Description of original award (Fiscal Year 2020, $153,333)
Mixture interpretation remains a central challenge in the forensic DNA field. The majority of solutions seek to ease the complexity mixture interpretation on the "backend", rather than address the separation of the individual biological components (e.g. cells). With individual components (contributors) of mixtures separated, the resulting profiles are simple to interpret (single-source), require less time and resources, and ultimately lead to increased confidence in the conclusions. Currently, there are no methods in use that allow sex-based separation of like-cell types, such as the epithelial cell mixtures of males and females. These scenarios are not uncommon in casework, and although Y-STR profiles may be generated, these profiles are not eligible for upload to DNA databases and, therefore, cannot be used effectively when the crime involves unknown perpetrators.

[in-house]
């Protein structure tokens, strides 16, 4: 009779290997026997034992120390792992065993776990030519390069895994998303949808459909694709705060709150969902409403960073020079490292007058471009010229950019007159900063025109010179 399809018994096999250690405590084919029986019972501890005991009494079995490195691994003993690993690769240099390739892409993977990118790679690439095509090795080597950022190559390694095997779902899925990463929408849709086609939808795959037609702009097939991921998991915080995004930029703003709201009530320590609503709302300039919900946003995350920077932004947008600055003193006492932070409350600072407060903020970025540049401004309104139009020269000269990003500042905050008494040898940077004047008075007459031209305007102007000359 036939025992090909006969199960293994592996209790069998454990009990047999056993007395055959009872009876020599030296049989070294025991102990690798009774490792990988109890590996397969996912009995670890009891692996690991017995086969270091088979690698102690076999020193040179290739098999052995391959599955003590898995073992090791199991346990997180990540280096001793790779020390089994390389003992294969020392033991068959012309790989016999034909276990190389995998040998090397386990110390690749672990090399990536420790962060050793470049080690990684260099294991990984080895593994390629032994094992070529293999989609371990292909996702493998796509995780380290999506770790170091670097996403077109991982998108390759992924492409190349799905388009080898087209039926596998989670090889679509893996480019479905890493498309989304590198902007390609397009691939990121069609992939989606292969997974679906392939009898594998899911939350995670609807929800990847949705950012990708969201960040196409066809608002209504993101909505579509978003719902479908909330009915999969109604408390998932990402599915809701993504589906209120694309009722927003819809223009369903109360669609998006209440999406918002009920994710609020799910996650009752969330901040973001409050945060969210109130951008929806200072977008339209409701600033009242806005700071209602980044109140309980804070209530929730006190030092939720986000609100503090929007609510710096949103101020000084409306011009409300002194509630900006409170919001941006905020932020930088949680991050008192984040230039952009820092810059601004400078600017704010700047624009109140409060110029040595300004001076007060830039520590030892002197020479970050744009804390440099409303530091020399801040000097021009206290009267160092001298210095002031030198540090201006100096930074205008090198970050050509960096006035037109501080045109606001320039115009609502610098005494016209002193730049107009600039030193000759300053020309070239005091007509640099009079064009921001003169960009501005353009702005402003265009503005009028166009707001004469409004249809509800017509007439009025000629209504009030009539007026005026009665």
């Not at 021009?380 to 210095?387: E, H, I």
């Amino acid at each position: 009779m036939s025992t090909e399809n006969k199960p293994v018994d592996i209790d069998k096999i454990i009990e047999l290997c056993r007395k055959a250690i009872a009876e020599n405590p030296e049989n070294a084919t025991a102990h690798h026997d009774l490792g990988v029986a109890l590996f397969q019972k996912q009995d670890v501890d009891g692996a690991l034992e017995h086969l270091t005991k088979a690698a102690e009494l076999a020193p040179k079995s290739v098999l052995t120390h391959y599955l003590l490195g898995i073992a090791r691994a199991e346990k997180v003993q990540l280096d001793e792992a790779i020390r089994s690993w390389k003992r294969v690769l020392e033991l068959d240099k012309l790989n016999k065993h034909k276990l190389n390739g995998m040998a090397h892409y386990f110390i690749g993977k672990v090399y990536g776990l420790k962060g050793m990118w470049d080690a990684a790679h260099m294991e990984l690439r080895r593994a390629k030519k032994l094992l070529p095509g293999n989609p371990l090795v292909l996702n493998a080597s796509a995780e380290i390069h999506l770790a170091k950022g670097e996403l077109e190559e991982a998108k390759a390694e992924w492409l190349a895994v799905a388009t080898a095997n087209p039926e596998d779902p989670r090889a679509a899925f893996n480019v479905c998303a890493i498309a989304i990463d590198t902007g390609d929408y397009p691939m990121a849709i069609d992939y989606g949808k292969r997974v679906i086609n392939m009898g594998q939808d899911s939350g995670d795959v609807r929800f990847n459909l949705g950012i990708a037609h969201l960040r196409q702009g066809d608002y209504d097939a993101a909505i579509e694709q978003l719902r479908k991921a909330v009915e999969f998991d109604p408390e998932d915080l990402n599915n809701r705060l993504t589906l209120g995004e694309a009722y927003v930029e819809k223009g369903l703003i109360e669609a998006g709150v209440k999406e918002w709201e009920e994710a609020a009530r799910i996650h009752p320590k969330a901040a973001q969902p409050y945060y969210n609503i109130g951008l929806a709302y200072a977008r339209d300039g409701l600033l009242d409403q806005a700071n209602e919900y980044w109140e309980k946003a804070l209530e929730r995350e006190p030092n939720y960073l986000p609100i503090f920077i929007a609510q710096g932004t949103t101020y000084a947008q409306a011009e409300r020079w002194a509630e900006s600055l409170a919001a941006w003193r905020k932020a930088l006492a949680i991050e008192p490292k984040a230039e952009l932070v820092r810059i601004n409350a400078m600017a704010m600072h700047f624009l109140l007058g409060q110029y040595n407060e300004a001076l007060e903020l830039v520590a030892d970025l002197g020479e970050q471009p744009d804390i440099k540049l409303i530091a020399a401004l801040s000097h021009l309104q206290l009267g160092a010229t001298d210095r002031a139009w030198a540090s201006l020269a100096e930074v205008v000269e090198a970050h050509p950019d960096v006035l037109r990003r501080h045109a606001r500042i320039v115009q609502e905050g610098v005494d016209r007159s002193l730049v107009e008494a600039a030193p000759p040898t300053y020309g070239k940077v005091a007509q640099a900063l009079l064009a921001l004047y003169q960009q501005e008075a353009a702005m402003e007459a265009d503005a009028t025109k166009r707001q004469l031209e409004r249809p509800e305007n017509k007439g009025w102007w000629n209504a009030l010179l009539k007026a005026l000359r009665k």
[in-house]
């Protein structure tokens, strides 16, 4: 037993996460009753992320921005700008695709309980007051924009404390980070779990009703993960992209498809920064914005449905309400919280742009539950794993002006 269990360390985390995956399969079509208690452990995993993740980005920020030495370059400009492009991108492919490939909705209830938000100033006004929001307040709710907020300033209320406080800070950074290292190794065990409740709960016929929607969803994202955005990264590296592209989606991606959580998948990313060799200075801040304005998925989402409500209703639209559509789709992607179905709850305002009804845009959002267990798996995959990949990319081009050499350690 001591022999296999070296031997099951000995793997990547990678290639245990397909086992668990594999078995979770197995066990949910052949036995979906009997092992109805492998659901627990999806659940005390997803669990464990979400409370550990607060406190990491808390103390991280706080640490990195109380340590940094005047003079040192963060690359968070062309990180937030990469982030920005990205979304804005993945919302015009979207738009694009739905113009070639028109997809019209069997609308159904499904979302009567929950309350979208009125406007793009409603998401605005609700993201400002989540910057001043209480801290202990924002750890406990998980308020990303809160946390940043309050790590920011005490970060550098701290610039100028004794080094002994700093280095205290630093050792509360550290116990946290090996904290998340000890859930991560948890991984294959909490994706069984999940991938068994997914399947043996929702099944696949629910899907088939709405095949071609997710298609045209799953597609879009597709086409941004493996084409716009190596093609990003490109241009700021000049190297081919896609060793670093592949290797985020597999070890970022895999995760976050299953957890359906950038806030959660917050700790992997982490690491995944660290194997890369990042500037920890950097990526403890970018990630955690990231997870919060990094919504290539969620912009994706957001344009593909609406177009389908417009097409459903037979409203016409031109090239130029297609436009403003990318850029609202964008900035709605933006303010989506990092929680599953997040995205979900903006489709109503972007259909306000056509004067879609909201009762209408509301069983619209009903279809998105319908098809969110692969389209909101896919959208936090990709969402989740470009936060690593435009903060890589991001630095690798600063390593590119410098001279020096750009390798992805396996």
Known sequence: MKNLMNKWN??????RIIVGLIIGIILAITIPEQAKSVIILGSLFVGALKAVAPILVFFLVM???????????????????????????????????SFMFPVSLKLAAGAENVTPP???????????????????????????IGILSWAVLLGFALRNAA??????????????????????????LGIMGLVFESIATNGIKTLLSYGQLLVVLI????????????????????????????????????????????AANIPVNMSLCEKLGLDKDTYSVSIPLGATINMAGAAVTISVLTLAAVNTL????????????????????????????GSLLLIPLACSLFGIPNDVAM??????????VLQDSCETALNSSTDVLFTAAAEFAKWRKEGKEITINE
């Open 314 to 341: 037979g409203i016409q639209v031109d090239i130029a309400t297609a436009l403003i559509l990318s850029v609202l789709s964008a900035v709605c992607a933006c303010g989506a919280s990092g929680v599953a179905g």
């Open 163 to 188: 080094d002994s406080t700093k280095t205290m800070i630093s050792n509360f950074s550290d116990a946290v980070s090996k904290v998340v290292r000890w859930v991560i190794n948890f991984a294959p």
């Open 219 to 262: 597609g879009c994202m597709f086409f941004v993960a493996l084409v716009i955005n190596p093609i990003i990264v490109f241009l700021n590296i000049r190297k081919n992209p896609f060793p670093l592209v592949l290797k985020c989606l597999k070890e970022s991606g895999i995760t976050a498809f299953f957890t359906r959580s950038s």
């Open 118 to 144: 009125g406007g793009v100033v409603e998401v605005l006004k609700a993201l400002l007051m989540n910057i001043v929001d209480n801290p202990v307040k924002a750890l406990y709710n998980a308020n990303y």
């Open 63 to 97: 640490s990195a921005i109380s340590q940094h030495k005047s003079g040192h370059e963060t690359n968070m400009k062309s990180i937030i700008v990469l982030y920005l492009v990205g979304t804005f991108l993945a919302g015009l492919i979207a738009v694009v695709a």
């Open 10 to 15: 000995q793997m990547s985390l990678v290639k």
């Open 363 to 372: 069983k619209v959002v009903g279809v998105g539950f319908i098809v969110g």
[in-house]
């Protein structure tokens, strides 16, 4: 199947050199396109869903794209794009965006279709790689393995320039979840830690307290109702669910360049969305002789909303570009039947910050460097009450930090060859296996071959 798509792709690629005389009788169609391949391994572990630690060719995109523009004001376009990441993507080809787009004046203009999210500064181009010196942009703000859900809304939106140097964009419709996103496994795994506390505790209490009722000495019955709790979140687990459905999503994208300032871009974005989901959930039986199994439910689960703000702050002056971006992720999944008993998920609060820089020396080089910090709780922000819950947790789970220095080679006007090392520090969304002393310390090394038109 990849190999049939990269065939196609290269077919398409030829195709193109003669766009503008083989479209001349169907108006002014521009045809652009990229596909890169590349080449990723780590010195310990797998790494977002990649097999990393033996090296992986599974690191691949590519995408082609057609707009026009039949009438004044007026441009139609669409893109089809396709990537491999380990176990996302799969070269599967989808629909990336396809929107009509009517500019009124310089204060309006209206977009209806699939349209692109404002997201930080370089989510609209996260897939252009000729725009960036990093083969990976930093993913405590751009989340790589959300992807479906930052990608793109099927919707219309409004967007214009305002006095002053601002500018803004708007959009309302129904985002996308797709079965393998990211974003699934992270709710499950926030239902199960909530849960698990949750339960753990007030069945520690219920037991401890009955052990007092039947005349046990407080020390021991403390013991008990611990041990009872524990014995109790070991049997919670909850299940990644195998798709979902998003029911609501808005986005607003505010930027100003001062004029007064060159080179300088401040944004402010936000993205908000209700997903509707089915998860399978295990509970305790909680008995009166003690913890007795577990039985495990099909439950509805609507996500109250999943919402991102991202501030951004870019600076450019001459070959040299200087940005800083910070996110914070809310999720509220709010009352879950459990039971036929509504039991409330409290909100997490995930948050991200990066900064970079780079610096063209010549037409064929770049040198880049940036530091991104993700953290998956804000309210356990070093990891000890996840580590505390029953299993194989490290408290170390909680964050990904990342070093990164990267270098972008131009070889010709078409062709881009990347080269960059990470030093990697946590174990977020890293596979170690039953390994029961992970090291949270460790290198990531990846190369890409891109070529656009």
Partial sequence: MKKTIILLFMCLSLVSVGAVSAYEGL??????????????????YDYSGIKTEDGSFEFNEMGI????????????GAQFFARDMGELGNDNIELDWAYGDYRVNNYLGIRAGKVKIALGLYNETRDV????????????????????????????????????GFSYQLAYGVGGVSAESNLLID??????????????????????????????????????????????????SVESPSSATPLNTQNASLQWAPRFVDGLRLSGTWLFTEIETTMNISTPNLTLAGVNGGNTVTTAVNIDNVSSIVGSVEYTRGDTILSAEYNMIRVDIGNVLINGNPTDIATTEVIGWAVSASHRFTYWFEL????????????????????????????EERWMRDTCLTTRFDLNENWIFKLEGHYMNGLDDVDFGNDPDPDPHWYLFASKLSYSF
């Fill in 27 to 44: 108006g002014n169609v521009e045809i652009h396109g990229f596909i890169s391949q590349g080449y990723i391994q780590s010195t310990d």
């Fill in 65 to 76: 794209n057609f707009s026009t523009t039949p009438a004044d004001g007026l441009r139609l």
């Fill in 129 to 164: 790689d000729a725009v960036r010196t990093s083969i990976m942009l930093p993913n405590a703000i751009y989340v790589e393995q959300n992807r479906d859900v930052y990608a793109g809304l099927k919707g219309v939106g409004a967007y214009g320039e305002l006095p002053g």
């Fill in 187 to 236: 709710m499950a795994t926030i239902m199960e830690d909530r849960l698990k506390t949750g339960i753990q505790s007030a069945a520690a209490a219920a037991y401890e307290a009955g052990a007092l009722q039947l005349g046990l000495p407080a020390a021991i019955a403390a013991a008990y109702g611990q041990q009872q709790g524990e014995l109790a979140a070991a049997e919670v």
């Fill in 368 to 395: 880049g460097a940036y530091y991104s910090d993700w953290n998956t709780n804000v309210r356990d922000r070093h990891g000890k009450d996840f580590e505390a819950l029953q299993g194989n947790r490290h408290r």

This project proposes the development and optimization of a method to identify and profile male-specific cells recovered from a mixture of male and female-like cells.
This 15-month project consists of three phases: (1) evaluation/optimization of a Y-chromosome labeling method for epithelial cells, (2) valuation/optimization on the DEPArray using pristine single-source and
mixture samples, and (3) degraded single-source and mixture samples. The proposed method is a union of two accepted and well tested techniques, FISH-based immunohistochemistry for Y-chromosome labeling and DEPArray-mediated cell sorting/recovery. Benefits include enhanced resolution of the components of likecell mixtures of males and females, improved efficiencies and simple profile interpretation, fewer resources expended (time/money), and more probative
investigative leads through generating CODIS eligible profiles.
Note: This project contains a research and/or development component, as defined in applicable law, and complies with Part 200 Uniform Requirements - 2 CFR 200.210(a)(14). CA/NCF